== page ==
V109: Do You Know the Button Trick?

Don’t you just hate decorative shank buttons that are all dangly and wobbly?  Wouldn’t it be so much better if they were nice and flat and secure on your garment?

Well here’s how to do it!

Once upon a time, shank buttons used for decoration were held onto a garment by a toggle, but these are hard to find these days.  Instead, try holding a row of buttons on with a line of ribbon or tape.  This works particularly well for lines of buttons.  Here’s how…

Some tools

  • An awl
  • Needle and Thread
  • Your snazzy shanked buttons
  • A big upholstery needle
  • Ribbon or tape (I mean twill tape, not sticky tape)
  • Small scissors, if needed

I sewed a mock buttonhole for the placket of my sailor pants, but you don’t have to do this, just mark where you want the button to be attached.

Make the hole with an awl.  It’s important to use an awl because it does not cut the fibers in the fabric, but stretches them instead.  Not such a big deal for a bound buttonhole like this, but if you may someday remove the buttons from the garment, there will be less damage.

Now pass the shank of your button through the hole.

Thread your giant needle with your ribbon choice.

Pass the needle and ribbon through the shank of the button.

For a line of buttons, keep the ribbon in one continuous length, then just lightly stitch it into place.  You want the ribbon to be tight and flat, so the buttons don’t pop out at will.

Now your non-functional buttons will be flat and lovely, and not wobble around, yay!  This trick is particularly useful for Georgian and Regency men’s frock coats, and for decorative buttons on ladies’ garments, such as on this spencer jacket…

The curved, smaller buttons will be sewn on using The Button Trick

Now you know the button trick!


  • Bronnie

    April 19, 2012 at 12:46 AM

    This is AWESOME! I'm sure I should know this…but apparently I don't. This will be VERY helpful for ALL the shank buttons I need to put on my 1770's mens suit.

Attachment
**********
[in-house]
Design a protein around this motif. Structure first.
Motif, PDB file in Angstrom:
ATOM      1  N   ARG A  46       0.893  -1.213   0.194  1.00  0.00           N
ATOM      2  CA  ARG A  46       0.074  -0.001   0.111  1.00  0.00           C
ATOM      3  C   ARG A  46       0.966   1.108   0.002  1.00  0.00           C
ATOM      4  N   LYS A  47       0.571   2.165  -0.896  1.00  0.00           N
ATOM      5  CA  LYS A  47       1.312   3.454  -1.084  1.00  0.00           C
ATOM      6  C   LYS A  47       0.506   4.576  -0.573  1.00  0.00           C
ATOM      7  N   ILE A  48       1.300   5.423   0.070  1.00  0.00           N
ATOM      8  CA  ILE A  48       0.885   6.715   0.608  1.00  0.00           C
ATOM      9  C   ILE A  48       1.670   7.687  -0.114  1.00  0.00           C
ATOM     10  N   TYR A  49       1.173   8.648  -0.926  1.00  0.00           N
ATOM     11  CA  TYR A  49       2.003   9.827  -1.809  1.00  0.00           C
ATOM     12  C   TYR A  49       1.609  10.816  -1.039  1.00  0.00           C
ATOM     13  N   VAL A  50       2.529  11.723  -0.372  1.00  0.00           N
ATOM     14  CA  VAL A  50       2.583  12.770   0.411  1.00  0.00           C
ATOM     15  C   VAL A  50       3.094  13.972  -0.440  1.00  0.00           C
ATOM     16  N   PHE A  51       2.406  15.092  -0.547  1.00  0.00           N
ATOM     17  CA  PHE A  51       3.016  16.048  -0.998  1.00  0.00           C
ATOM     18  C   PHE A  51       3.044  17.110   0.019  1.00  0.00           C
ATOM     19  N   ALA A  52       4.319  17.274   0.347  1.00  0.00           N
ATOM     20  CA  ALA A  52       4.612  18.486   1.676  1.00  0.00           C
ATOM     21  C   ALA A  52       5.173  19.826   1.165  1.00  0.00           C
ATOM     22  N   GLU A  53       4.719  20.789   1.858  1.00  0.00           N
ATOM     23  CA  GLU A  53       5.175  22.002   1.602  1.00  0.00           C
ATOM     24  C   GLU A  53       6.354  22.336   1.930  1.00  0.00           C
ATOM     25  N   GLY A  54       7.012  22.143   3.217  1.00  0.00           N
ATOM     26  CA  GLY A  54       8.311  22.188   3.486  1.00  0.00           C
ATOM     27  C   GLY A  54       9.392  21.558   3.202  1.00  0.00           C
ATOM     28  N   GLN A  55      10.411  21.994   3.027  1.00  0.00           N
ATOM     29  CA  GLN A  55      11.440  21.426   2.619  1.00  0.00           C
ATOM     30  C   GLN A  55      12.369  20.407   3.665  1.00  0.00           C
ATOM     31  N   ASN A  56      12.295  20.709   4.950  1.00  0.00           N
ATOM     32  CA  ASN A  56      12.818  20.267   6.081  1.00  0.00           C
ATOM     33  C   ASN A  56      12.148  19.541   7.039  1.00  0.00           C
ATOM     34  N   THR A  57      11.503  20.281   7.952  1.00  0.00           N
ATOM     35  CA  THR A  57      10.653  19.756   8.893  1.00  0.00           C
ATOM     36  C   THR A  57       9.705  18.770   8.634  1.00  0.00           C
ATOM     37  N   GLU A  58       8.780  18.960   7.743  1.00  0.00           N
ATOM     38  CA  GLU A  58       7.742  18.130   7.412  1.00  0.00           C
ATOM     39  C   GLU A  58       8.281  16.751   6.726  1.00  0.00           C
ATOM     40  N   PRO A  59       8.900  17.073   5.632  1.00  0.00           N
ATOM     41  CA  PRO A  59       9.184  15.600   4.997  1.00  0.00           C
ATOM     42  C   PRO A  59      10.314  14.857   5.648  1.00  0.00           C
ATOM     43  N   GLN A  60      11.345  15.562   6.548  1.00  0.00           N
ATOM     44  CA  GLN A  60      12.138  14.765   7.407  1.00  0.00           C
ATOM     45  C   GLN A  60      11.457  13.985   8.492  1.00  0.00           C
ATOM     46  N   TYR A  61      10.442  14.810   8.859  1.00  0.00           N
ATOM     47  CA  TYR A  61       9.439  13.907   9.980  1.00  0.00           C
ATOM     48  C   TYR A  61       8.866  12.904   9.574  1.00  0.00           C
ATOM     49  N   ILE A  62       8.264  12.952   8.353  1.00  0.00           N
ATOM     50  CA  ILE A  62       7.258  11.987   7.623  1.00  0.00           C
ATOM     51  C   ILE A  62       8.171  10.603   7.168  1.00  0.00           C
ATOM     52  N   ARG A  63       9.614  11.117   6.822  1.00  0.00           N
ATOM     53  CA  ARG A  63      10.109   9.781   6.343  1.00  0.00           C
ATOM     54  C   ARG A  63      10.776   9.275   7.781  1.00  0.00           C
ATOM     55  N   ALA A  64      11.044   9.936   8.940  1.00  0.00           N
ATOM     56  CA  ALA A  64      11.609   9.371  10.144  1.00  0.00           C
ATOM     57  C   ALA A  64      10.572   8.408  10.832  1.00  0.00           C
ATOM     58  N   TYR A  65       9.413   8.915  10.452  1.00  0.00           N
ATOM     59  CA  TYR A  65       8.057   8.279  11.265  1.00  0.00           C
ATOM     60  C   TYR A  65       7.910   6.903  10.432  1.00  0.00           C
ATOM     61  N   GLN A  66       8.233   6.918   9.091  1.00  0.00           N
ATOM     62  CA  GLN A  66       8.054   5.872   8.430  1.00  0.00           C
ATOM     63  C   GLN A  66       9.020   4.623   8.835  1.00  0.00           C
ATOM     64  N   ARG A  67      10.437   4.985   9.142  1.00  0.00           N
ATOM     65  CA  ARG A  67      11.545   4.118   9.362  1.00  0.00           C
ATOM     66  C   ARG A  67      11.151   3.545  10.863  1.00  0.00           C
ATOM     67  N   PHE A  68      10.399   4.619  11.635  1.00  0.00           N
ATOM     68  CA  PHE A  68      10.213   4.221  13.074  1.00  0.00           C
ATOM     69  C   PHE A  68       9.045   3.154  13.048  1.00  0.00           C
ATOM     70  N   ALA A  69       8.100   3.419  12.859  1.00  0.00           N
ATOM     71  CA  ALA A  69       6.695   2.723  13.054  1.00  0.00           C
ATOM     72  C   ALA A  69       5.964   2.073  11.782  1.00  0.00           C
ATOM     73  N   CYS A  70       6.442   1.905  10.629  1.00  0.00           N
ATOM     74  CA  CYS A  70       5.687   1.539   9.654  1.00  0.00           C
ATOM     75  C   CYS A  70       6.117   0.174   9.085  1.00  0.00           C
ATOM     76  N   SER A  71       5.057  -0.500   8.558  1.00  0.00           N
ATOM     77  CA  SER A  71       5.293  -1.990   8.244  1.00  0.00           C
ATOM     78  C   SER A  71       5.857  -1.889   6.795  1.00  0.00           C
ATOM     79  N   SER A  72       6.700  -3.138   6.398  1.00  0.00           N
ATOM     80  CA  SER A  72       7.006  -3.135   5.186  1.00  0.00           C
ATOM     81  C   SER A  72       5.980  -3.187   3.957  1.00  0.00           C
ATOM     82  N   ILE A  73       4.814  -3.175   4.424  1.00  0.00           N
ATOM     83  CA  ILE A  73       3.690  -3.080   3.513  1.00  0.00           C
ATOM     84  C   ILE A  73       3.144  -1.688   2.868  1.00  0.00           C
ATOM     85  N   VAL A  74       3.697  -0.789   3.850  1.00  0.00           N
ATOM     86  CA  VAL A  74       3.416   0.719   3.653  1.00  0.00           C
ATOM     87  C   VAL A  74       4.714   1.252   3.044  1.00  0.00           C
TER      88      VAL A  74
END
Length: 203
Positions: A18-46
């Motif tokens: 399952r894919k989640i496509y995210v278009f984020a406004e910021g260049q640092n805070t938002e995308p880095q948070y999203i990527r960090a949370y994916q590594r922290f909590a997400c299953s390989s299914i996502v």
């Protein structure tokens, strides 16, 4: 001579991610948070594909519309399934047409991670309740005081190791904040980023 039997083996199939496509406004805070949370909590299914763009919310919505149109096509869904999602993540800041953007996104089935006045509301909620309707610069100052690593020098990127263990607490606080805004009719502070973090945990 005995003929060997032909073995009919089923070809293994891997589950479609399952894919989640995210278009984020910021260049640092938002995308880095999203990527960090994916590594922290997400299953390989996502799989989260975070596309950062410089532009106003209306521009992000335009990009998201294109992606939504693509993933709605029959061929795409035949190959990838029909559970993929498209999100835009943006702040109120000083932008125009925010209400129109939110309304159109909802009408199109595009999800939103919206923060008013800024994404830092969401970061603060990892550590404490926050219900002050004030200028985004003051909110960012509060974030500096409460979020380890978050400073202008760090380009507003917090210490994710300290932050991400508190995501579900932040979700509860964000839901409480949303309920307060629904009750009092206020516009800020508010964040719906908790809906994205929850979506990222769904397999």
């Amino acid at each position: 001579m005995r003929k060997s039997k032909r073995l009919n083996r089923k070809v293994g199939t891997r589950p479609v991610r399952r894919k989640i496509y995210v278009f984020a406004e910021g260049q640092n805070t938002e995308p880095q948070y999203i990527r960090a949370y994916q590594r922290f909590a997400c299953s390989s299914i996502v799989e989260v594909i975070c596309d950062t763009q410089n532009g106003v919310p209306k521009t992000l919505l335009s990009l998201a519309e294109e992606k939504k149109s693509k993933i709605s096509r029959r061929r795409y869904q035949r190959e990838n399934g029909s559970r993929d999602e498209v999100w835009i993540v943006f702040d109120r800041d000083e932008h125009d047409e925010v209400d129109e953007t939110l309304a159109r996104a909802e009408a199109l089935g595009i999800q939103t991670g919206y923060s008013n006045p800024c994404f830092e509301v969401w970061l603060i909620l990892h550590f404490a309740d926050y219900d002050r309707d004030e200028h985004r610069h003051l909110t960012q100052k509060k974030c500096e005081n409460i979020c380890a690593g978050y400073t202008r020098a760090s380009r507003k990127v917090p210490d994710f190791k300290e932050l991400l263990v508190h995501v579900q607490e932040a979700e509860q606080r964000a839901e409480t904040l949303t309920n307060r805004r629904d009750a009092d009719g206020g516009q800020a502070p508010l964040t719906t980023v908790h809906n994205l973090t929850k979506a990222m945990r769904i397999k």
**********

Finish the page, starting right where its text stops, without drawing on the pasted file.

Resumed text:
• Clare S/GentlewomanThief

    April 19, 2012 at 7:49 AM

    Ooooh! I see! Thank you so much for this!! I've tried sewing on decorative shank buttons and then I've got annoyed that they wobbled around in a rather sorry way. Never again!!! 😀

  • Reneesance

    April 19, 2012 at 2:17 PM

    That is a fabulous trick. I'm ashamed that in all the costume shops I worked in we never thought of doing that. It would have saved SO MUCH TIME. *headdesk*

  • Brittany_Va-VoomVintage

    April 19, 2012 at 8:04 PM

    oh, that is so clever! I have several button up blouses that I adore but they have shank buttons and often come unbuttoned, leaving me looking less-than-ladylike! 😛 Thank you soo much for the tip, I will be fixing those darn blouses next week!

  • Lauren R

    April 19, 2012 at 8:58 PM

    Glad to be of service! I did not invent this, to be sure. I learned it from Albert (The Doctor), who showed me the technique used on a coat.

  • Anonymous

    April 19, 2012 at 10:21 PM

    Wow, this is awesome. I wish I had known this when I made my double breasted waistcoat, instead of letting them wobble I made two rows of button holes. It worked but was very very hard to line up, I won't do it that way again.

    Thank you.

  • Laurie

    April 19, 2012 at 10:27 PM

    I've done the trick of making eyelets to put the shanks in on decorative buttons but haven't tried the ribbon thing, cool!

  • Deanna

    April 25, 2012 at 7:55 PM

    Another trick, while not period correct but works as it's not seen, I learned from my husband who's in the Air Force. He's a 19 year veteran and still uses it on his mess dress jacket's buttons. Take a safety pin and thread it through the back of the jacket, through the button and back through the back of the jacket. Achieves the same look of non wobbly buttons quickly, especially if you are in a pinch.

  • Mary Johns

    May 8, 2012 at 8:23 PM

    I like to use leather for the buttons on my redcoats, I have never had any break and some of the coats are 7 years old. Granted, they have the lapels that unbutton, and fold over each other for warmth, so they need to be extra sturdy in case my guys actually do that. It is my favorite coat trick, and its so much faster then sewing the little buggers on!

  • kittyluvscrochet

    July 13, 2016 at 4:50 PM

    Coming in 4 years late, but I recently purchased an antique c. 1895 cotton bodice that uses this trick to mount the multitude of buttons that fasten up the front of it. Instead of using ribbon though, it used what looks to be be the equivalent of twill tape, which is only fastened down at the top and bottom.

  • Rebecca

    March 17, 2017 at 12:25 PM

    (5 years later I am eventually using this trick to make a quick dirty buttoned cotehardie for a medieval event – thank you AD!)

  • Alyssa

    May 26, 2017 at 3:57 PM

    This is a great trick! The "toggles" are called cotter pins and can be bought on military/uniform supply websites in large amounts.

  • Daveda

    August 4, 2020 at 7:32 PM

    My whole sewing life has been changed!
    WHY did I not see this before. I even have cotter pins but didn't know what they were!
    In a pinch could a Bobby pin work if the hole is big enough? (And you can get the plastic bits off of the tips)


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